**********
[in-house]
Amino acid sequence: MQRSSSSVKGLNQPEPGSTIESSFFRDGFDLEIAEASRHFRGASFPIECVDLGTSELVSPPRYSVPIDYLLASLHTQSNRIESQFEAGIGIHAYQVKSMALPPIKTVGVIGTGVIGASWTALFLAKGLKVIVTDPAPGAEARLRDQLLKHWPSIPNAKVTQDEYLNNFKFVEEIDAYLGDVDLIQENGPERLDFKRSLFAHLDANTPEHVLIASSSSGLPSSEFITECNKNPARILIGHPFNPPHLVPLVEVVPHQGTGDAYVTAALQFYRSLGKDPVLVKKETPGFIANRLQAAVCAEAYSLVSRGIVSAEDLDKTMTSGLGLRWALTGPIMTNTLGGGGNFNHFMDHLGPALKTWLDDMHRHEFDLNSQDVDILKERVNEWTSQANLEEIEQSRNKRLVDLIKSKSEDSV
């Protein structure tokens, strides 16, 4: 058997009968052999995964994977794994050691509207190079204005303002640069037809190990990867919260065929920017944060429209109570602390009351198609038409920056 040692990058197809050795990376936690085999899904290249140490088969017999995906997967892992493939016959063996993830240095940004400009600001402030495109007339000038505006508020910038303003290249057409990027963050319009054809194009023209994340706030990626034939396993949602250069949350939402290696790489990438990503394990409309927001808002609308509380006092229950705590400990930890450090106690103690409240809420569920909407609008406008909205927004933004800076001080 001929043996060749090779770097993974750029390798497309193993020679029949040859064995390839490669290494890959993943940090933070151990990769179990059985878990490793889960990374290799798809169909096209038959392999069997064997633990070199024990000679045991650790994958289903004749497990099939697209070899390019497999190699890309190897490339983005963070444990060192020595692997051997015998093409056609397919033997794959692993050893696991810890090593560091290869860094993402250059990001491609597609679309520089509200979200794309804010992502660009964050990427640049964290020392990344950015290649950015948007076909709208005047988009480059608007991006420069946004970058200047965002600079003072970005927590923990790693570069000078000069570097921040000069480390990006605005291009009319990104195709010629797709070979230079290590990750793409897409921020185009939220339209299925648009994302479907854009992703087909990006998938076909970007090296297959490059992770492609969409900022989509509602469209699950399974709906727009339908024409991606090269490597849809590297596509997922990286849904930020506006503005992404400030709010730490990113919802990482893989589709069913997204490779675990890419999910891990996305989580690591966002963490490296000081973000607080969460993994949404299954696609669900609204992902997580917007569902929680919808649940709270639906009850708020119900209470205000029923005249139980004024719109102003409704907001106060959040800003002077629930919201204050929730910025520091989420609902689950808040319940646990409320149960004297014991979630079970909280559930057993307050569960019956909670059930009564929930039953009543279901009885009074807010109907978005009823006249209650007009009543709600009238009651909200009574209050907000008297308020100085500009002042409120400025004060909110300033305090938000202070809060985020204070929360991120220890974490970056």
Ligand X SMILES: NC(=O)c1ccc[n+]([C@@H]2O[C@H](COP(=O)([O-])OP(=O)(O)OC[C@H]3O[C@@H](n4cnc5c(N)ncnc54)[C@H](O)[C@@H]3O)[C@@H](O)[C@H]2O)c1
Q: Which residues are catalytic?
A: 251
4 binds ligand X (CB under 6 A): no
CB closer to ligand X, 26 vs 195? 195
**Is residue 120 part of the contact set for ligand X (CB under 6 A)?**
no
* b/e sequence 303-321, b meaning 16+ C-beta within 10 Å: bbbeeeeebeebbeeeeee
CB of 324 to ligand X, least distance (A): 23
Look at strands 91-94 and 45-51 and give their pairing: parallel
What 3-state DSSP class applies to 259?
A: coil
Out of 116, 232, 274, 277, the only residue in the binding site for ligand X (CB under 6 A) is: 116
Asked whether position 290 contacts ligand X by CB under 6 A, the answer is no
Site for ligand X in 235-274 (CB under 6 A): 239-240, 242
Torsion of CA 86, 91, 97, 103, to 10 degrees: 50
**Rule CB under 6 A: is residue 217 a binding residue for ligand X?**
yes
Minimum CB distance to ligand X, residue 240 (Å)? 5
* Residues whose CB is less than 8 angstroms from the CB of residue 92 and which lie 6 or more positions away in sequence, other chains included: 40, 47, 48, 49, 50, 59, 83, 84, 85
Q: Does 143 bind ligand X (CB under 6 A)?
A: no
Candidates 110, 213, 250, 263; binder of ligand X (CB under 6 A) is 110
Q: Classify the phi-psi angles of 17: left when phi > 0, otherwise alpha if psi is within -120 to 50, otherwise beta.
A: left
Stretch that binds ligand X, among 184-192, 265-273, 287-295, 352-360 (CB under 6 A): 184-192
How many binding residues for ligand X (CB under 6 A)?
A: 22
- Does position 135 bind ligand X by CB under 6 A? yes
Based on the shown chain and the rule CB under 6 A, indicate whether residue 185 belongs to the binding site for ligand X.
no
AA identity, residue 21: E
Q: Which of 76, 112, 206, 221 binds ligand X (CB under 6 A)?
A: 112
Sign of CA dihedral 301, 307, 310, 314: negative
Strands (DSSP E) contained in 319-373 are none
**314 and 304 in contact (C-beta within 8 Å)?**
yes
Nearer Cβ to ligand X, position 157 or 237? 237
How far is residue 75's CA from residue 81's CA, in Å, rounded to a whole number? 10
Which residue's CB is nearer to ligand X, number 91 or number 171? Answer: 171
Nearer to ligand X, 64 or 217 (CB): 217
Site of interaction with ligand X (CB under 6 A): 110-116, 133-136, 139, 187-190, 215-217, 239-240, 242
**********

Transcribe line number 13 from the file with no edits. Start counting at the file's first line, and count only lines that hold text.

Look at strands 91-94 and 45-51 and give their pairing: parallel